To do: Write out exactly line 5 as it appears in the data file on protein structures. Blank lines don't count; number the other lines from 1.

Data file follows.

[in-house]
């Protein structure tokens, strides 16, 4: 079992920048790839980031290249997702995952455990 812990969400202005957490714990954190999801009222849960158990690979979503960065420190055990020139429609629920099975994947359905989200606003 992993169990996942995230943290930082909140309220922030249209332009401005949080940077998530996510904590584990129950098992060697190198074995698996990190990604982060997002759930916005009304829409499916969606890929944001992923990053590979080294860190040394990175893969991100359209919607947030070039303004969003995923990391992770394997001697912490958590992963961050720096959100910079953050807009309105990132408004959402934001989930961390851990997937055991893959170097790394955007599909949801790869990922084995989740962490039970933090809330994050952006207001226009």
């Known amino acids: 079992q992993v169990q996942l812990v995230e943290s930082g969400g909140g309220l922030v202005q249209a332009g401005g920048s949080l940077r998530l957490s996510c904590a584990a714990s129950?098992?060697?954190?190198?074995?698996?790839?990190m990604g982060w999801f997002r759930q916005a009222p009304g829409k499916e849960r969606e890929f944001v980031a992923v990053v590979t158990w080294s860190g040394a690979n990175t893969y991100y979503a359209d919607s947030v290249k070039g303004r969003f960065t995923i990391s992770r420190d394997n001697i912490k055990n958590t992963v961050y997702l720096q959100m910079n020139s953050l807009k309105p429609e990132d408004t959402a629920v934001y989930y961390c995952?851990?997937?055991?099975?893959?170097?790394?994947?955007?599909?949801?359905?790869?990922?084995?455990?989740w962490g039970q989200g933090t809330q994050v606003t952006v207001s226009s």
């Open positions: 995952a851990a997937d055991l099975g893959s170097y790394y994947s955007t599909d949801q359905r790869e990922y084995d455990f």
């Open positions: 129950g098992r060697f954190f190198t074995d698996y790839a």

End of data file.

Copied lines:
């Open positions: 129950g098992r060697f954190f190198t074995d698996y790839a």